Stephen Glover: Future of free press rests on paywalls

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Screengrab from

LONDON - In a way, one can't blame Gordon Brown for saying that paywalls won't work. In fact, to be precise, he seemed to be saying that they shouldn't work.

In an interview last week with the Radio Times, the UK Prime Minister opined that "people have got used to getting content without having to pay", before adding: "There's a whole sort of element of communication that's got to be free." The first part of what he says is true, the second highly contentious.

Most people have interpreted his remarks in the context of his deteriorating relations with Rupert Murdoch's The Sun which, having supported New Labour for many years, has turned on the party and Mr Brown with ferocity. Mr Murdoch has, of course, recently announced that, from June, online readers of The Times and Sunday Times will have to pay £1 a day or £2 a week. The Sun and the News of the World will follow later.

I don't at all mind Mr Brown having a pop at Mr Murdoch. The Sun has been very beastly to him. My difficulty is that the Prime Minister's comments undermine the whole newspaper industry. Just because readers have got used to reading papers online for free, it does not follow that they have acquired a right to do so until the end of time.

Gathering news costs money, sometimes a great deal of it. Mr Brown presumably does not expect Marks & Spencer to give away its clothes and food, so I'm not therefore sure why he thinks newspapers should give away their journalism.

What depresses me about this debate is that Mr Murdoch's critics - some of whom may be moved by atavistic political hatreds - have come up with no alternatives which have any chance of saving newspapers. They merely say that the online advertising model must be made to work without telling us how this miracle will happen.

The basic facts are these. As newspapers shed paying customers to the non-paying internet, they lose revenue, and are less able to support costly journalism. The longer the process goes on, the worse it will become. One can reasonably wonder whether Mr Murdoch's plan will work n whether enough people will pay for The Times and Sunday Times online when there are so many rivals continuing to offer their content for nothing - but surely one cannot reasonably dispute his right to try.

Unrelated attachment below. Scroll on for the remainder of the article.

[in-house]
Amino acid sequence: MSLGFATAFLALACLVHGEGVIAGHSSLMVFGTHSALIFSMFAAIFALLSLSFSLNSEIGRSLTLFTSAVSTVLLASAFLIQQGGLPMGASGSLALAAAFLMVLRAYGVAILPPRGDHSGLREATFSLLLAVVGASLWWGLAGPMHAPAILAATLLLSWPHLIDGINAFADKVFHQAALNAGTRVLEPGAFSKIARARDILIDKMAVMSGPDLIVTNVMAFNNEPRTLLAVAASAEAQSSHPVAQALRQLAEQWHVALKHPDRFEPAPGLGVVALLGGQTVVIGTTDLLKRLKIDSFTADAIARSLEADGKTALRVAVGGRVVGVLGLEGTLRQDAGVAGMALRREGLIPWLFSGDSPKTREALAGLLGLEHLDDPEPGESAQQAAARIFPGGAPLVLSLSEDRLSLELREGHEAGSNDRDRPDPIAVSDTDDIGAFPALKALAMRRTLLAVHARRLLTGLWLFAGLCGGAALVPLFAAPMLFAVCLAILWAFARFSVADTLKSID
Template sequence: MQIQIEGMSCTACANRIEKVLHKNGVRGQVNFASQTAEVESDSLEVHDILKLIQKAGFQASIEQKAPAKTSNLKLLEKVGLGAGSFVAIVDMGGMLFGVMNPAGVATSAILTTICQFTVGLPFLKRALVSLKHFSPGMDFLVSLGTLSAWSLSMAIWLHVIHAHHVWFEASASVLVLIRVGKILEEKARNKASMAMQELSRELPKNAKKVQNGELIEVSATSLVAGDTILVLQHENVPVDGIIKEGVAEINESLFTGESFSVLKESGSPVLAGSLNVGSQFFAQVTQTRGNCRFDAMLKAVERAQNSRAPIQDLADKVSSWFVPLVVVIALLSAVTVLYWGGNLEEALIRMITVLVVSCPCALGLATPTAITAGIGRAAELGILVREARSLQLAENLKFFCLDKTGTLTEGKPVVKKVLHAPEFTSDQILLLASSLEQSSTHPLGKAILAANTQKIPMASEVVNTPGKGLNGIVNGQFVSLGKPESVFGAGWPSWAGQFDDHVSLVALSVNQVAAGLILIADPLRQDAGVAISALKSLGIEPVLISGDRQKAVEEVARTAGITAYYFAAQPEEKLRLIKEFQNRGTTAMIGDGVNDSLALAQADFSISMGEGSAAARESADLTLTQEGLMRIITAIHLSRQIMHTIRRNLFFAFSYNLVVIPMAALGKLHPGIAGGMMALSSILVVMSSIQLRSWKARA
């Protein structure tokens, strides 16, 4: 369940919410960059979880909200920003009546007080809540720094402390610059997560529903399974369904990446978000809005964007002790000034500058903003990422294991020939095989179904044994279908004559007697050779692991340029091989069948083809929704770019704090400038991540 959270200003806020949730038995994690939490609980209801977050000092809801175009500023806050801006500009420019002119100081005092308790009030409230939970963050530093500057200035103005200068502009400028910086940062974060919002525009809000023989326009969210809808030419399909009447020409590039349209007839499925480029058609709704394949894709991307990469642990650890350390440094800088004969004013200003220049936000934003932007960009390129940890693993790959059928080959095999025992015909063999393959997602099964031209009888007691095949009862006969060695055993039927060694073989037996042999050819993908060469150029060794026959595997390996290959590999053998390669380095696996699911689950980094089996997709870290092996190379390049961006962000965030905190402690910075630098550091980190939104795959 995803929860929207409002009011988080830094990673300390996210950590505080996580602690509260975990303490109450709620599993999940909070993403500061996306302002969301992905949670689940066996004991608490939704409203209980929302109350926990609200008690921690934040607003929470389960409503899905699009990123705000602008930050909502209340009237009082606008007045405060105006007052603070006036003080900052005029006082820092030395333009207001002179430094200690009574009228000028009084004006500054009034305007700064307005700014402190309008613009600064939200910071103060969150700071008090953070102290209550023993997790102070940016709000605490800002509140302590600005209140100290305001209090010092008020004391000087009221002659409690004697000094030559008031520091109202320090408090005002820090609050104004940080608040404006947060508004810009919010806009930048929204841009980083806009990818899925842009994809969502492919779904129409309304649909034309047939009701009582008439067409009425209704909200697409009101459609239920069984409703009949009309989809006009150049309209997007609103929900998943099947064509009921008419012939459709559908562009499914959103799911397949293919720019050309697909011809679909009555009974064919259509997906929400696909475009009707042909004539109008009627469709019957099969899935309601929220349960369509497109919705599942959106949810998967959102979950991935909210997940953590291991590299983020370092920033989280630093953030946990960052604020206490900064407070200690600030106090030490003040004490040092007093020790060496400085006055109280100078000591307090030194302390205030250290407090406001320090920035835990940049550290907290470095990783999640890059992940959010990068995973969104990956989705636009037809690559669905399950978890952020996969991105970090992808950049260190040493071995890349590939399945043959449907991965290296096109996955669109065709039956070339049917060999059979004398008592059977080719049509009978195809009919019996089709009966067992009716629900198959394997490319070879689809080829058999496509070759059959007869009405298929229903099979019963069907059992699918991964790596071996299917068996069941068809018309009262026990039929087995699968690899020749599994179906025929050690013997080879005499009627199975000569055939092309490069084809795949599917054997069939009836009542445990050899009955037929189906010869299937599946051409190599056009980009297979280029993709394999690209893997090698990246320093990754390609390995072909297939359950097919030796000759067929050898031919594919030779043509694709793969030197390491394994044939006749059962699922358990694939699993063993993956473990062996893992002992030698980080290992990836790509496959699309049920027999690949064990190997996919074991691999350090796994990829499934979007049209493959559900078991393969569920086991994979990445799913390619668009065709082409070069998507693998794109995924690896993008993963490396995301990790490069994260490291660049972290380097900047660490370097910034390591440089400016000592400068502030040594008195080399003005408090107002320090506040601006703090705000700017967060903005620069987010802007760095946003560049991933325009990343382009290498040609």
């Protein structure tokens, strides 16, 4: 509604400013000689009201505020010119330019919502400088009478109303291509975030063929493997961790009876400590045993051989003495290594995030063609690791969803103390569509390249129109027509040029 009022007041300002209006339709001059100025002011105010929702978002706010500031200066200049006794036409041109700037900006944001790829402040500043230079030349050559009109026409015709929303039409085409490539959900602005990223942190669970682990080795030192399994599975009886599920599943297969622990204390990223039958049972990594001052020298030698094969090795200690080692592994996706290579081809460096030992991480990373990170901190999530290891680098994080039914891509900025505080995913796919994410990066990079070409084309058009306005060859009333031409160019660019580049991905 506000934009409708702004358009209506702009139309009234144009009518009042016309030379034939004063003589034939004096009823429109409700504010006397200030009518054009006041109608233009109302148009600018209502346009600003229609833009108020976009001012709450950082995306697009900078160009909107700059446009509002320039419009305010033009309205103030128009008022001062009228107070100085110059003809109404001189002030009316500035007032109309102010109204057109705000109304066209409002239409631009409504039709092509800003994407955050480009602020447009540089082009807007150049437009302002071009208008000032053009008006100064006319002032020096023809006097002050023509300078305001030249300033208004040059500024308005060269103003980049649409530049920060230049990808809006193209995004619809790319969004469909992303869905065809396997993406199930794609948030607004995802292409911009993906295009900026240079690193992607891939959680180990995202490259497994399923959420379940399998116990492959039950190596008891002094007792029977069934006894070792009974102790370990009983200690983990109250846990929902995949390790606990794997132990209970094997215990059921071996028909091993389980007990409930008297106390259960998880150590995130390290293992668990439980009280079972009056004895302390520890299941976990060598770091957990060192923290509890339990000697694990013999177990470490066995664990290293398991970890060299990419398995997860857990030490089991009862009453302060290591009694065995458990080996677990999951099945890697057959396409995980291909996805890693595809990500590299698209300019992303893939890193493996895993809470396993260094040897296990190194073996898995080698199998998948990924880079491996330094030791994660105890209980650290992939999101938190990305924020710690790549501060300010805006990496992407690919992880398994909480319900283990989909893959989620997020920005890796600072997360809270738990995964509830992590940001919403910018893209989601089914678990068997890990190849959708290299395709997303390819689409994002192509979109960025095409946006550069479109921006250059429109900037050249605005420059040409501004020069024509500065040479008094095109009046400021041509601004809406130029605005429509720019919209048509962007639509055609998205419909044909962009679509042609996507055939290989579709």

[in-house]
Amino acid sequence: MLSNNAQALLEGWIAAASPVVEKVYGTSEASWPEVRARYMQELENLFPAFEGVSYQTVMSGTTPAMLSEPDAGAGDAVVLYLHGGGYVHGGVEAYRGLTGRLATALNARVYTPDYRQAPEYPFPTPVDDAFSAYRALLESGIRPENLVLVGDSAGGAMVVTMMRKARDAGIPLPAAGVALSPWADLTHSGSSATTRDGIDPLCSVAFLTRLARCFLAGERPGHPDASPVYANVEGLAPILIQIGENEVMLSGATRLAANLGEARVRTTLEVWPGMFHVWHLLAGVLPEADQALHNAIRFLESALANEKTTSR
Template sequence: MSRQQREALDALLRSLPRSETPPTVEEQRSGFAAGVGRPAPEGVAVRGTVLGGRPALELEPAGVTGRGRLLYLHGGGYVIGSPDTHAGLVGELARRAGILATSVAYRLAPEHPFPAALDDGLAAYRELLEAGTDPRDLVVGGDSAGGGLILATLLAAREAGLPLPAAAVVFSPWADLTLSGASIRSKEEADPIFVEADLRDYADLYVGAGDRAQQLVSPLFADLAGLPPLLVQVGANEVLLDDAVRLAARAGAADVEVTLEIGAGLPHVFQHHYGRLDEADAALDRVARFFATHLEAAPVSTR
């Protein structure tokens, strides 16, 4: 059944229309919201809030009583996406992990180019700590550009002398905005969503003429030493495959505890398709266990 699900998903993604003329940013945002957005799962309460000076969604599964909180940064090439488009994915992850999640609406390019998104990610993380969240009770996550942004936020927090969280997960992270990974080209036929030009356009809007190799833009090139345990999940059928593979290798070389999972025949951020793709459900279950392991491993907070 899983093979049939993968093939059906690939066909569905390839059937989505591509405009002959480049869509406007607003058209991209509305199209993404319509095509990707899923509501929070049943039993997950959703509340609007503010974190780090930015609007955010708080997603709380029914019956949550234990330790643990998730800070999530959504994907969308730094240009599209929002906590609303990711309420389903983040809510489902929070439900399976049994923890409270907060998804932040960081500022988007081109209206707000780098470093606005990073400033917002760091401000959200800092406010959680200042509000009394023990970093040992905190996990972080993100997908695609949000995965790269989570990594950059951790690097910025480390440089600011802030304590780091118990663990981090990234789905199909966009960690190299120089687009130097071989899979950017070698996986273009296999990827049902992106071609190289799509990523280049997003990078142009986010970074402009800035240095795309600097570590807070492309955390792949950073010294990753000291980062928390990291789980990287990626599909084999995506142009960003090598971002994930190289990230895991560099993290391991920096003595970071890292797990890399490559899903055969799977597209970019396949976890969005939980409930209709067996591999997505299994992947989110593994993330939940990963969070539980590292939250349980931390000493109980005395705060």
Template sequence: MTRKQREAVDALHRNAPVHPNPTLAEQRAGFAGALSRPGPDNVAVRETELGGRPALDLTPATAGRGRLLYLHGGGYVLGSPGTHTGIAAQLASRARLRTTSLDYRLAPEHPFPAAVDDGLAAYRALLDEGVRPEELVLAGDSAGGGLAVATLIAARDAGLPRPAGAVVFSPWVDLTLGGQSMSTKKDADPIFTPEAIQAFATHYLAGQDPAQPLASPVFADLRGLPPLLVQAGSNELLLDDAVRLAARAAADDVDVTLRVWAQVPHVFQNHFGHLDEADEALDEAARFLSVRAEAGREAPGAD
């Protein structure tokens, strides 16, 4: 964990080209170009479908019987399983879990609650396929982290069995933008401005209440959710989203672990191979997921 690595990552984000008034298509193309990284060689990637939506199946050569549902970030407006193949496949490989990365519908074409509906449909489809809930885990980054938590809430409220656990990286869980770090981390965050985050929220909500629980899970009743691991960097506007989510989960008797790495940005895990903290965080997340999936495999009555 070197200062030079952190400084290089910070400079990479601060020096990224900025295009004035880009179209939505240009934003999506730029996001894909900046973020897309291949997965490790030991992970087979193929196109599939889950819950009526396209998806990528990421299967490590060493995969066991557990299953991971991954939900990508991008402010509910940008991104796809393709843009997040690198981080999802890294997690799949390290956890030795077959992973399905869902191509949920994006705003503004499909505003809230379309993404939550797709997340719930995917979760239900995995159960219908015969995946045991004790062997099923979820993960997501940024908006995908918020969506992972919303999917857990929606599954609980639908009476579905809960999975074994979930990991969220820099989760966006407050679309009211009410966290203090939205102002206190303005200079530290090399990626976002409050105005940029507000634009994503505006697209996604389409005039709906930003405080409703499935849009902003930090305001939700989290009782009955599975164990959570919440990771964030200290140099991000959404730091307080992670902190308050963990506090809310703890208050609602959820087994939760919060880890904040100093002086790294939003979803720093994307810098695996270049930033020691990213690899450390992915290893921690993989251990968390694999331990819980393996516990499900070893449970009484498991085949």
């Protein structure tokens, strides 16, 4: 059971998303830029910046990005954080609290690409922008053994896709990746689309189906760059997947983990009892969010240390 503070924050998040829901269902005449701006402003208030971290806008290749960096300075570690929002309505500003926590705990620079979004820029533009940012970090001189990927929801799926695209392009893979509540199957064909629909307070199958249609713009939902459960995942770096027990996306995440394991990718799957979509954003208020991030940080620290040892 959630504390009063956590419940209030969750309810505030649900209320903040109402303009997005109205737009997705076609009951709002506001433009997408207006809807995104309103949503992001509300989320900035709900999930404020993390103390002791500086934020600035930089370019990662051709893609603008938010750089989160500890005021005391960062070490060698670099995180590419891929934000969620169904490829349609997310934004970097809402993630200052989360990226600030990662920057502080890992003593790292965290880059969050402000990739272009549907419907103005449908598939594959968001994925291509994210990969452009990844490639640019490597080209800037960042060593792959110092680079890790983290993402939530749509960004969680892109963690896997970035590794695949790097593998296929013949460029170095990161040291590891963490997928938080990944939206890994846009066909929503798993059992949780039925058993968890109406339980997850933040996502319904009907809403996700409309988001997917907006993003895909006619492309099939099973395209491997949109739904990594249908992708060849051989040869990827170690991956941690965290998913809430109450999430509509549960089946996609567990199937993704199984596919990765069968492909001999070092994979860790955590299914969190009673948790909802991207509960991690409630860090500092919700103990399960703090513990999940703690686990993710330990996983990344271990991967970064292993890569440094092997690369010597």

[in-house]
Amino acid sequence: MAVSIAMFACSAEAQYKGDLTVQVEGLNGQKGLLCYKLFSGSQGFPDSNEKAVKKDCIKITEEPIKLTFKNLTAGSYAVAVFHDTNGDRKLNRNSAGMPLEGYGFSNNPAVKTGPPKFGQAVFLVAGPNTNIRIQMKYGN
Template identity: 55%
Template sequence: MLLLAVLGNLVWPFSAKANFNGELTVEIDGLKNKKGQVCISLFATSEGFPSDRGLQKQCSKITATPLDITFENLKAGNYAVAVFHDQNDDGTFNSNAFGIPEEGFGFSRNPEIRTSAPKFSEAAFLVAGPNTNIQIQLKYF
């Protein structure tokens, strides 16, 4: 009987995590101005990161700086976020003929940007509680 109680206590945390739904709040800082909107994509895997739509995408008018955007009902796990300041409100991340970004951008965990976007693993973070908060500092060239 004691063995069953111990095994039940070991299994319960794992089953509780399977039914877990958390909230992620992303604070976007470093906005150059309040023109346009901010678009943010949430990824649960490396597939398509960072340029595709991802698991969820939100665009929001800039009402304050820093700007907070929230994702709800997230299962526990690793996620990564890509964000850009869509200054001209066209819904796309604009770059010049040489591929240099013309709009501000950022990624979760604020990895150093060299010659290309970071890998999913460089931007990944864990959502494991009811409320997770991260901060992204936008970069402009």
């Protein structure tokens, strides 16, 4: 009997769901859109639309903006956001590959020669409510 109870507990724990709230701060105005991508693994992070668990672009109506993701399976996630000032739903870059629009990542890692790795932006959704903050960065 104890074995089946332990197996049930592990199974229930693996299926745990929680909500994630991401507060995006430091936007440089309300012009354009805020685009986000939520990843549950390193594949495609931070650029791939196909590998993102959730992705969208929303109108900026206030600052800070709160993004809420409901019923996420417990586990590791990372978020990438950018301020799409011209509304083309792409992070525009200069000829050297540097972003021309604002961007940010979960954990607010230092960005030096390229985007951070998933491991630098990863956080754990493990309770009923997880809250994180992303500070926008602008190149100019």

And what if he fails, as so many are predicting he will, invariably pronouncing that "Rupert does not understand the internet"? No one has come up with a Plan B. Maybe there isn't one. What then? Well, newspapers will continue to weaken until, in the end, no one apart from philanthropists and governments will be able to afford to publish them.

That is why all of us - including you, dear reader, who understandably does not want to pay - must hope that the 79-year-old tycoon succeeds.

Most media folk seem convinced he won't, and I must say my own inclinations lie in that direction. But I think all of us, the Prime Minister included, should be a little more humble.

Mr Murdoch is the most successful publisher of modern times, arguably of all times. Maybe he is growing a touch senile. Maybe he doesn't understand the internet. Yet he is still Rupert Murdoch, and his is the only game in town.

I for one am glad he is trying, and whoever questions his right to do so does not care for the future of a free press.


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